Reports say that an aggressive Russian cybercriminal gang known for deploying ransomware was preparing to disrupt information technology systems at hundreds of hospitals, clinics and medical care facilities across the United States. Officials from the FBI and the U.S. Department of Homeland Security hastily assembled a conference call with healthcare industry executives warning about an “imminent cybercrime threat to U.S. hospitals and healthcare providers.”
The agencies on the conference call, which included the U.S. Department of Health and Human Services (HHS), warned participants about “credible information of an increased and imminent cybercrime threat to US hospitals and healthcare providers.” The agencies said they were sharing the information “to provide warning to healthcare providers to ensure that they take timely and reasonable precautions to protect their networks from these threats.”
One participant on the government conference call said the agencies offered few concrete details of how healthcare organizations might better protect themselves against this threat actor or purported malware campaign. “They didn’t share any IoCs [indicators of compromise], so it’s just been ‘patch your systems and report anything suspicious’,” said a healthcare industry veteran who sat in on the discussion.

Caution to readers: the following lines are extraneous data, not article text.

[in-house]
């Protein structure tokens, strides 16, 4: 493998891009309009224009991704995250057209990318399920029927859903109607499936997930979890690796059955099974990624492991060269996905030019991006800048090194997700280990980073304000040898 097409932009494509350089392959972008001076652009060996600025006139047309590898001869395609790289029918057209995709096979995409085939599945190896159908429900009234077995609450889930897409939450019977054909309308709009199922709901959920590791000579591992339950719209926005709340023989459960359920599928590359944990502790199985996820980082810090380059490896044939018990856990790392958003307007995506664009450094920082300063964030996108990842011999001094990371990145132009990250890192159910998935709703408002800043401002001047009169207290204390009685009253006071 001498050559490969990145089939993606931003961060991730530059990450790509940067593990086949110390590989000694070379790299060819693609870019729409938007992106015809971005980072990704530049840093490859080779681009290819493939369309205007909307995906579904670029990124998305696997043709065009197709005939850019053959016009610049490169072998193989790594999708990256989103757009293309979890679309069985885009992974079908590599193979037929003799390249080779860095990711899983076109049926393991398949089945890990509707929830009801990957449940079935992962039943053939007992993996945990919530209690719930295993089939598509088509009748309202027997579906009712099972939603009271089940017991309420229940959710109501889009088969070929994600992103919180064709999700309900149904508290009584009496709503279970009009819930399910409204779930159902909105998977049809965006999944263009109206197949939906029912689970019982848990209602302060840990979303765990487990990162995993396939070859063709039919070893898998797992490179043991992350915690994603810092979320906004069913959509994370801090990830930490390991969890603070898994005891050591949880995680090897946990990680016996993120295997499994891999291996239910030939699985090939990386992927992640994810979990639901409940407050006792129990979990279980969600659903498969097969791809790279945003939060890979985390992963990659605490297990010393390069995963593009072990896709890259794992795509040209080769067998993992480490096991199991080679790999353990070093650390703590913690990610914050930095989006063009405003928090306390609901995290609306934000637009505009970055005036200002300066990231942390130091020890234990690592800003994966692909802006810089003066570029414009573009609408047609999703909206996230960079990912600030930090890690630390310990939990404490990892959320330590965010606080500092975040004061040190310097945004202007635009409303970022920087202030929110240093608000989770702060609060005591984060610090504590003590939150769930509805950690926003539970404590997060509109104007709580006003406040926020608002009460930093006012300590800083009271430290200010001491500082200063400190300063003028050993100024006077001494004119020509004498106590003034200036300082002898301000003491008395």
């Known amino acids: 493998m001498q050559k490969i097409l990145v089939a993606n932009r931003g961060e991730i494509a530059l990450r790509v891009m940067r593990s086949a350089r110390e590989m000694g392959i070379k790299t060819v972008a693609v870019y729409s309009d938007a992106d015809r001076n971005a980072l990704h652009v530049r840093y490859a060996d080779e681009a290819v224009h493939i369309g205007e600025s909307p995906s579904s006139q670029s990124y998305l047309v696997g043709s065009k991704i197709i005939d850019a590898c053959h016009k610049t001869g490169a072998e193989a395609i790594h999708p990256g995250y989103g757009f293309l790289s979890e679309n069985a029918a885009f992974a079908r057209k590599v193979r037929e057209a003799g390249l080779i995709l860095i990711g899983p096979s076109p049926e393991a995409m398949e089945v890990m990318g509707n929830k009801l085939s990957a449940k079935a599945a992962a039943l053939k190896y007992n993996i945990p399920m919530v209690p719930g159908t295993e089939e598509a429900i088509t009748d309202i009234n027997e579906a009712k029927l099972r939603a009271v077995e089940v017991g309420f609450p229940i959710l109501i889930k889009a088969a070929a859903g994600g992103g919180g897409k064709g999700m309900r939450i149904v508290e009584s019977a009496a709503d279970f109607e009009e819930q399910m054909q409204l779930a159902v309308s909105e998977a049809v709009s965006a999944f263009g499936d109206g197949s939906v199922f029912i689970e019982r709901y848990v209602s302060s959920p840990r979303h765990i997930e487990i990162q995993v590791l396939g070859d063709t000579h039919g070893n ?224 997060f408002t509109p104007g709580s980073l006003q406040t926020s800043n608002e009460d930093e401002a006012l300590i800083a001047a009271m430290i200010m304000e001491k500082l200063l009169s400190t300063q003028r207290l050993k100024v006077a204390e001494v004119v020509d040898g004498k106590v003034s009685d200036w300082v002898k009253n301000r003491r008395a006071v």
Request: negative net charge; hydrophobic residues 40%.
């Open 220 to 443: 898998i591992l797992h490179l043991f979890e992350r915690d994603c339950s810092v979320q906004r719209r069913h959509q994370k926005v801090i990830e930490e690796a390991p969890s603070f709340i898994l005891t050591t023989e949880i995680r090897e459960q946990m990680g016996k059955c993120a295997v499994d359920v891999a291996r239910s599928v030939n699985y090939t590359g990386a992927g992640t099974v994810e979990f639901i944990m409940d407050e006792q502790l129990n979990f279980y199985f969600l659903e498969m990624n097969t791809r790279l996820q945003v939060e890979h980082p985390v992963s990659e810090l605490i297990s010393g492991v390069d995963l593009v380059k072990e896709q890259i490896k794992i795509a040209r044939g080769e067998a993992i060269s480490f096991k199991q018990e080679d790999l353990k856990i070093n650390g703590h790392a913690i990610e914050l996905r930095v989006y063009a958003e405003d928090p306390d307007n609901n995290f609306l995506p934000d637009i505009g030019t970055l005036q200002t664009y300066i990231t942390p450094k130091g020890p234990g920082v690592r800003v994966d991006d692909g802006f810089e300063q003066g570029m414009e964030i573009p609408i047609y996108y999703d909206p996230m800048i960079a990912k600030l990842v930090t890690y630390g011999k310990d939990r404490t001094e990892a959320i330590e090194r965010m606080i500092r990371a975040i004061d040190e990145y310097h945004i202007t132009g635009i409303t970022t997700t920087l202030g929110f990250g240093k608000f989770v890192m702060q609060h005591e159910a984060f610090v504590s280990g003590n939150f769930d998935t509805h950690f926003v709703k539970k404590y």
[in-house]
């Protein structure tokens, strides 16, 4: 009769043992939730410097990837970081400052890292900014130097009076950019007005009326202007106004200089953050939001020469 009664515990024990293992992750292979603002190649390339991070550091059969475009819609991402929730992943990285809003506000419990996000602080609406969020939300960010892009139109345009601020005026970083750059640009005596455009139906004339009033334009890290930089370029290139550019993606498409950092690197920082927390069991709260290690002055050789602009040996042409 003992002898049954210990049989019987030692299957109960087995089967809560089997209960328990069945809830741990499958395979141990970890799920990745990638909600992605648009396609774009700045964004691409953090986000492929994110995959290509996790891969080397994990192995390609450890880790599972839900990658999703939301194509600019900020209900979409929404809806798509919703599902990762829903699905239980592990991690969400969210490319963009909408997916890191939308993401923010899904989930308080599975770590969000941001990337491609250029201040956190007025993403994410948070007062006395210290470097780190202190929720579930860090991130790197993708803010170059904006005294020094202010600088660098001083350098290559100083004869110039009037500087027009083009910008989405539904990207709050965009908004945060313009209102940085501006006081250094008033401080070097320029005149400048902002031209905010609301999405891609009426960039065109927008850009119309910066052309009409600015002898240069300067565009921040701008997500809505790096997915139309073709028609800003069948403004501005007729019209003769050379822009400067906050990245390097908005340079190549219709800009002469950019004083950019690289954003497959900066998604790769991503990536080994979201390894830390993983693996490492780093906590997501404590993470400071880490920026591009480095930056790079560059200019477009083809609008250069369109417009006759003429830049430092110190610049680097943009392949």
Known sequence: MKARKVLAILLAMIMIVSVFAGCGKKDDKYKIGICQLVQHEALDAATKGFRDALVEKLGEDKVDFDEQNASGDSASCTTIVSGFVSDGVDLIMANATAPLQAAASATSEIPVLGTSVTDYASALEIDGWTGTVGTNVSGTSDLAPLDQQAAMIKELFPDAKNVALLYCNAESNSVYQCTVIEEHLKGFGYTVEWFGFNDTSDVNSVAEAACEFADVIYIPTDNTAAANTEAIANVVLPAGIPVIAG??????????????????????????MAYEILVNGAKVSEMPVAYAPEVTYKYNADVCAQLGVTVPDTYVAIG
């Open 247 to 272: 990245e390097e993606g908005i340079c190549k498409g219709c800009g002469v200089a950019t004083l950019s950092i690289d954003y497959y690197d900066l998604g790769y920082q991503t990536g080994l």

However, others on the call said IoCs may be of little help for hospitals that have already been infiltrated by Ryuk, a type of crypto-ransomware that uses encryption to block access to a system, device, or file until a ransom is paid. … Once on a system, Ryuk will spread through the network using PsExec or Group Policy trying to infect as many endpoints and servers as possible.That’s because the malware infrastructure used by the Ryuk gang is often unique to each victim, including everything from the Microsoft Windows executable files that get dropped on the infected hosts to the so-called “command and control” servers used to transmit data between and among compromised systems.
Nevertheless, cybersecurity incident response firm Mandiant has released a list of domains and Internet addresses used by Ryuk in previous attacks throughout 2020 and up to the present day. Mandiant refers to the group by the threat actor classification “UNC1878,” and aired a webcast detailing some of Ryuk’s latest exploitation tactics.